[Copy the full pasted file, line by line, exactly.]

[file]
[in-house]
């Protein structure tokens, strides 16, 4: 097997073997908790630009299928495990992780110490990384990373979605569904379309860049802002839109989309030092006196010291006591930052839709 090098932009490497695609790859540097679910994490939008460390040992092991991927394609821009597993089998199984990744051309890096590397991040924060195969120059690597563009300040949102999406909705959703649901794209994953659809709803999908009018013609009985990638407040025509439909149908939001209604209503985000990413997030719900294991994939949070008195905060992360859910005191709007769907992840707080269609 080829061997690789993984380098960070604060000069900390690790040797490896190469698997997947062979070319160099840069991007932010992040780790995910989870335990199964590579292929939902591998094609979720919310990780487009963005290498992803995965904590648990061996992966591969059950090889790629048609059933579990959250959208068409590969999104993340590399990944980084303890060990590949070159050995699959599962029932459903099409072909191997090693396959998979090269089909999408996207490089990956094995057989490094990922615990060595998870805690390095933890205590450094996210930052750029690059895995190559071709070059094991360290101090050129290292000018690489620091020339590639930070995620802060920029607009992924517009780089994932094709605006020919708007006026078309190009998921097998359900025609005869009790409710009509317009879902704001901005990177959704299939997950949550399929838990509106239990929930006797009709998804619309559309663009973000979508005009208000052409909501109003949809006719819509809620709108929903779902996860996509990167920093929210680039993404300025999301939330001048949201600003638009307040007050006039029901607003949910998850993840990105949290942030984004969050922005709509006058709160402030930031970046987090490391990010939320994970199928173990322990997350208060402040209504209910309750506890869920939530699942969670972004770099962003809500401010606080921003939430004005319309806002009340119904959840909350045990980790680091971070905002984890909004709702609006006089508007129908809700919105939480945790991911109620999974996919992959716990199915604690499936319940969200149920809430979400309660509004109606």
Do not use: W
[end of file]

[in-house]
């Protein structure tokens, strides 16, 4: 097997073997908790630009299928495990992780110490990384990373979605569904379309860049802002839109989309030092006196010291006591930052839709 090098932009490497695609790859540097679910994490939008460390040992092991991927394609821009597993089998199984990744051309890096590397991040924060195969120059690597563009300040949102999406909705959703649901794209994953659809709803999908009018013609009985990638407040025509439909149908939001209604209503985000990413997030719900294991994939949070008195905060992360859910005191709007769907992840707080269609 080829061997690789993984380098960070604060000069900390690790040797490896190469698997997947062979070319160099840069991007932010992040780790995910989870335990199964590579292929939902591998094609979720919310990780487009963005290498992803995965904590648990061996992966591969059950090889790629048609059933579990959250959208068409590969999104993340590399990944980084303890060990590949070159050995699959599962029932459903099409072909191997090693396959998979090269089909999408996207490089990956094995057989490094990922615990060595998870805690390095933890205590450094996210930052750029690059895995190559071709070059094991360290101090050129290292000018690489620091020339590639930070995620802060920029607009992924517009780089994932094709605006020919708007006026078309190009998921097998359900025609005869009790409710009509317009879902704001901005990177959704299939997950949550399929838990509106239990929930006797009709998804619309559309663009973000979508005009208000052409909501109003949809006719819509809620709108929903779902996860996509990167920093929210680039993404300025999301939330001048949201600003638009307040007050006039029901607003949910998850993840990105949290942030984004969050922005709509006058709160402030930031970046987090490391990010939320994970199928173990322990997350208060402040209504209910309750506890869920939530699942969670972004770099962003809500401010606080921003939430004005319309806002009340119904959840909350045990980790680091971070905002984890909004709702609006006089508007129908809700919105939480945790991911109620999974996919992959716990199915604690499936319940969200149920809430979400309660509004109606």
Do not use: W